With these thoughts on my mind, I prayed about what the Lord would have me share with you today, and He directed me to this quote I scribbled in my journal several weeks ago. It went so beautifully with everything else God was speaking to my heart I knew I had my topic for today’s devotion.

God has to keep away encouraging results until we learn to trust without them, and then He loves to make His Word real in fact as well as faith.
— A.B. Simpson

Wow! Think about it. Faith is the evidence of things unseen. If we see results, that’s not faith. It’s sight. But the Bible tells us the just shall live by faith. God is working in our lives to help us trust Him whether or not we see results. He encourages us to be faithful even when we don’t understand. It is His will that we keep going despite our progress or lack thereof.  

I cannot tell you how many times I’ve prayed, “God, I would do much better if I knew this was actually working. Let me see something. Shew me some results, some fruit from my labor. Help me to know I’m on the right track here.” Now, I realize how small-minded that prayer is. God sees the bigger picture and has a higher plan in place. Instead of fueling my obedience with visible results, He’s teaching me to trust Him without them. He is increasing my faith (which, ironically, has been near the top of my prayer list for quite some time).

I don’t know what you’re facing today or how weary you are with the journey, but I know this—God has a plan for you. Don’t give up. Keep marching around those walls. Keep dipping in those waters. Or as Dory says, “Just keep swimming, swimming, swimming.” Whatever God has called you to do, please don’t let the lack of progress or results keep you from continuing in obedience. God is working even when we can’t see. Trust in that and keep on keeping on!

And let us not be weary in well doing: for in due season we shall reap, if we faint not.
— Galatians 6:9

The Demands of Discipline

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In my devotion time this morning, I came across an excellent definition of the word "discipline."  According to Charles Swindoll, discipline is "doing what we don't want to do so we can accomplish what we've always wanted."  Sounds about right to me.  After all, it seems that I've had to discipline myself in many areas lately.

One must have discipline to work from home.  Otherwise, nothing would get done.  There are always distractions and other obligations.  There are always excuses for not getting to a particular task.  And while I love to write, there are specific areas (like marketing, formatting, and editing) that are a necessary part of my ministry, yet ones I despise doing.  But if I want to accomplish what I've always wanted, I have to be willing to do some of the things I don't want to do.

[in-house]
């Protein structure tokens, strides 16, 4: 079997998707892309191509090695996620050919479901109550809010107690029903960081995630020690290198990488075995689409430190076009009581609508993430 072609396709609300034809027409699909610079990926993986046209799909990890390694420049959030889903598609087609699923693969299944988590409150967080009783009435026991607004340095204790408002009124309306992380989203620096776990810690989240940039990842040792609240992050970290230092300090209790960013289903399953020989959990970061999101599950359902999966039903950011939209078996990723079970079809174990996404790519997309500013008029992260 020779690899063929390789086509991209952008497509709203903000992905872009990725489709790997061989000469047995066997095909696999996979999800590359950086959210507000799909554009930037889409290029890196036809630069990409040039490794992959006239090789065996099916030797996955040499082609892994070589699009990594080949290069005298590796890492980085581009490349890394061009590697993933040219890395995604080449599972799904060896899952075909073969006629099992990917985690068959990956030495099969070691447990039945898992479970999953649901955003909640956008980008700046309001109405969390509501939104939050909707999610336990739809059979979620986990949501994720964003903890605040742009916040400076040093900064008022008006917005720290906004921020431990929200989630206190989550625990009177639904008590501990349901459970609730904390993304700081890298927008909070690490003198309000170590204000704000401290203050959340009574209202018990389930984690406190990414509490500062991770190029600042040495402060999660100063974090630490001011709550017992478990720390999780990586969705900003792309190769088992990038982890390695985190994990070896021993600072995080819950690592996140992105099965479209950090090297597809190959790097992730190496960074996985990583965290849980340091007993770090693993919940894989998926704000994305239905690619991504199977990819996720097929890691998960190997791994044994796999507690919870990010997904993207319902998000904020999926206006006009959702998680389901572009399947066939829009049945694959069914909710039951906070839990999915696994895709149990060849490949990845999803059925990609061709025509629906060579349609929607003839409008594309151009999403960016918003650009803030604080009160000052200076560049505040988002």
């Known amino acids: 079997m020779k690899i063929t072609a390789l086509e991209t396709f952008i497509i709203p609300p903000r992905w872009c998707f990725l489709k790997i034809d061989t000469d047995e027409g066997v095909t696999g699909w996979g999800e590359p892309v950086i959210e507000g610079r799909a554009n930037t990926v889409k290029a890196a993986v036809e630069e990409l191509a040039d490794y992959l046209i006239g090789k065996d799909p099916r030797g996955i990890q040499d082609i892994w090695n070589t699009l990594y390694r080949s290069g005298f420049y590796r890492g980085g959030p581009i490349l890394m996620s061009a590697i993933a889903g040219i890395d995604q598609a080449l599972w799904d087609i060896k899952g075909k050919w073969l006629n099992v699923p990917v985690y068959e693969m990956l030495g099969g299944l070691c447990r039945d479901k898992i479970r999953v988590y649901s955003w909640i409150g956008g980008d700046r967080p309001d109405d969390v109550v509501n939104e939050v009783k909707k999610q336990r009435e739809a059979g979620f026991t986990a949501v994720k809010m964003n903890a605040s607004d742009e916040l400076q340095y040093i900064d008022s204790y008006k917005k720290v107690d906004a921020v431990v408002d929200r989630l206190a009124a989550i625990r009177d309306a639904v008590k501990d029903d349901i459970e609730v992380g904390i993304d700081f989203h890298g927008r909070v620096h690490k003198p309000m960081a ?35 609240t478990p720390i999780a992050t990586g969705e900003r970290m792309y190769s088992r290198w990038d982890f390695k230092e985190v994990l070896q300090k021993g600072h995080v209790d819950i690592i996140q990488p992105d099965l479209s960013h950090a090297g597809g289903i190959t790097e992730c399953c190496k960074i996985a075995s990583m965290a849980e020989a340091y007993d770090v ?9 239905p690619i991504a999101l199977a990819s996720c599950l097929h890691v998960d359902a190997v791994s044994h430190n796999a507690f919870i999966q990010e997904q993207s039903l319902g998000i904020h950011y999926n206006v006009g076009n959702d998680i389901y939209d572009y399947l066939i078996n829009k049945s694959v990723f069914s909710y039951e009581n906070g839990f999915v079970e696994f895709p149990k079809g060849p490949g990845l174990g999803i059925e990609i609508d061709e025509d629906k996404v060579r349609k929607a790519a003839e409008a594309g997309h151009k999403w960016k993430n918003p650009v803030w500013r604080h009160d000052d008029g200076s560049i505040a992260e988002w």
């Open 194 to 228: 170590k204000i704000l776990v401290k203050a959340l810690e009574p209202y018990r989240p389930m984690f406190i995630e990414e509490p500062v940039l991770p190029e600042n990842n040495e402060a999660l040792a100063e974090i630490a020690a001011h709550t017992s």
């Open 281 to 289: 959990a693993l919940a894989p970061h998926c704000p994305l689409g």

I've also called upon discipline in my journey toward better health.  The road has been long and hard and involves many things that I would rather not do.  I don't like to exercise.  I don't enjoy making myself get out of bed at 6:00 in the morning so I can do my three-and-a-half-mile walk.  I don't want to eat a salad instead of a plate of fajita nachos from my favorite Mexican restaurant.  I don't want to drink water instead of soda.  I don't want to do stretches and Pilates and strength training.  But each of these things is necessary if I am ever to accomplish what I've always wanted--optimal health.

Then there's the housework.  Scrubbing bathrooms is no fun at all.  Having to give up some of my precious writing or reading time to do the dishes is misery.  Folding laundry.  Running errands.  Cooking.  Cleaning.  These tasks hold no joy for me at all, yet I know that if I don't discipline myself to do them (and do them regularly), I will never achieve a relaxing and peaceful abode.

Now, we've added into the mix the many tasks involved in getting ready for deputation.  I had no idea how much time and effort were involved before even booking our first meeting.  It's crazy!  The process has required discipline and time management, having to choose what needs to be done over what I want to do.

I guess, in the end, it all boils down to this question:  How badly do I want it?  How badly do you want it?  Whatever it is that you're trying to achieve, do you want it badly enough to implement discipline into your daily routine?  Is your goal desirable enough that you're willing to do the things you don't enjoy to obtain the thing you've always wanted?  It won't be easy, and you may find your discipline wavers from day to day.  But hang tough and be strong.  And imagine the joy that is awaiting you when you finally reach the thing for which you have strived.

He that hath no rule over his own spirit is like a city that is broken down, and without walls.
— Proverbs 25:28